Tuesday, February 3, 2009

JRR Tolkein, The Two Towers

I dragged through parts of this book. I started it already sold on Aragorn, so the first half of it was quite enjoyable. And I loved Treebeard - such a creative character and race. Then we got to Frodo and Sam. They're traveling toward Mordor with Gollum and I feel like not much is happening and it's just going on for chapters. I didn't understand how the little nuances could be character development and I didn't think much of these characters (except Gollum, but he's still a bit of a mystery) so I really lost a lot of my interest. I stopped at a point here for a week long break because I didn't want to try to push myself through it.

Turns out I just postponed dragging through it until this weekend. But! It got better when they met Faramir - he's an absolutely interesting character and I want to read more about him right away. And then Sam actually steps up at the very end Sam takes a big developmental step and I found myself actually cheering for him. It's a far more impressive step in the book, so I didn't really love it in the movie in past viewings.

So overall, I liked The Towers. Not my favorite book, but I'm certainly interested enough to finish the trilogy.

Sara Nelson, So Many Books So Little Time

This is the third time I've read Sara Nelson's year of reading through in the last two years. I absolutely love this book. Nelson has a chapter for each week of the year when she discusses not only the book she read and touches on several "rules" readers often create for themselves that she outright breaks, but she gets into why she chose to read each book that particular week. She relates it all to her life. While that's not my MO (at least not typically), I find it fairly interesting. I think it would be interesting to figure out why I choose to read the books I do, so I'm going to add that into the blurb that I write with each book.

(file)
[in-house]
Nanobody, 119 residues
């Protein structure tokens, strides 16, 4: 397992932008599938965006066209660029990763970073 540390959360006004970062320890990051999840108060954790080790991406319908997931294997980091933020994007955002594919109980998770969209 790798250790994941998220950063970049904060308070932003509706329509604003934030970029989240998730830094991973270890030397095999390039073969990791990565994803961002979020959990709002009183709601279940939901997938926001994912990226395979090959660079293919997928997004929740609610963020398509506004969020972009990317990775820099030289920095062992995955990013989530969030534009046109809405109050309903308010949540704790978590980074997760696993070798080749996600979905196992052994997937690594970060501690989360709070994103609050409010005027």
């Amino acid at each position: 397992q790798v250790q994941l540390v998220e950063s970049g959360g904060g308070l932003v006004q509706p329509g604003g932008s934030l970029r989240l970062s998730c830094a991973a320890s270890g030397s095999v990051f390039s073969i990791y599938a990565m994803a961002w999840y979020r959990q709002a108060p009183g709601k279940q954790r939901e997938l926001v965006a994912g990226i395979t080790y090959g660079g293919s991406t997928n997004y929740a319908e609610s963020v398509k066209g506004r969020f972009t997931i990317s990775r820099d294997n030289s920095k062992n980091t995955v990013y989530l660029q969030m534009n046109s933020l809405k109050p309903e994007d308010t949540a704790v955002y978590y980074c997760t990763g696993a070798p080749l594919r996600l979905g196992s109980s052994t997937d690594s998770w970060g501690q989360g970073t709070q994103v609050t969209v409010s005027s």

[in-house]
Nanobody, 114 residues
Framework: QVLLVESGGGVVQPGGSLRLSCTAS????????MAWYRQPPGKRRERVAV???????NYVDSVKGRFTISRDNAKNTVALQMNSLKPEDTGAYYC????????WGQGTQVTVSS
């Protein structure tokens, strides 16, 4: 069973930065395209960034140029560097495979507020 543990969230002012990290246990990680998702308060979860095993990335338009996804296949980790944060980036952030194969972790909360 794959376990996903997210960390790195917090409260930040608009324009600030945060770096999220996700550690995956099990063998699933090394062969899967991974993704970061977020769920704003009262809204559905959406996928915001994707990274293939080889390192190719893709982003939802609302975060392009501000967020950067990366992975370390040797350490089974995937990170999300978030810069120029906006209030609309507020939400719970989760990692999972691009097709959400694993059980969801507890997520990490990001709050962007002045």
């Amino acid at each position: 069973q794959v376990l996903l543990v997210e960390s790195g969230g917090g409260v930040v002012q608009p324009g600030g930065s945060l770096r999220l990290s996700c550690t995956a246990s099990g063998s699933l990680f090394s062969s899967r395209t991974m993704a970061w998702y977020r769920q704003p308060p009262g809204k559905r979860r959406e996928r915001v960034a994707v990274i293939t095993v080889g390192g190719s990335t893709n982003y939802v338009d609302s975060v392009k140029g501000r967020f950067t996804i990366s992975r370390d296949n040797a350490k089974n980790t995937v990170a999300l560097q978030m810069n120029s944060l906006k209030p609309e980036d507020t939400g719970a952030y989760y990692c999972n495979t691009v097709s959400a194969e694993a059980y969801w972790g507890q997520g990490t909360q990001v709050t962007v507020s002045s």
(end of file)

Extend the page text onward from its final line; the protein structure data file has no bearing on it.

I also find Nelson really easy to relate to, like she's my friend. The first time I read it, I stayed up all night to read it (I had intended to read the first chapter and just go to bed). It was like spending the night talking to a dear friend who understands even the weird qualities because she does it herself. That's likely why I keep coming back to the same book so many times.

The only downside is that now I need to add the books she talked about to my To Be Read list, which is already around 350 books long (and that's only the books I can find at the library).

Fellowship of the Ring - Extended Edition

Because my book club is reading The Lord of the Rings for book club over the first few months of 2009, we're discussing the book and then watching the corresponding movie (extended edition). Before reading the books, this was my favorite movie of the trilogy. It's beautiful and an exciting beginning of a quest. Having now read the book slowly and retained a lot of what I read, I'm surprised by how much Peter Jackson changed - I can understand why he made a lot of the changes though. Merry and Pippin became lighter entertainment rather than the intelligent characters they are in the book, etc. It makes it easier to sit down and watch for a few hours, and there are plenty of quotable lines. Overall, I still really like the movie. However, I'm far more interested in finding out how I see the other two movies after reading the books.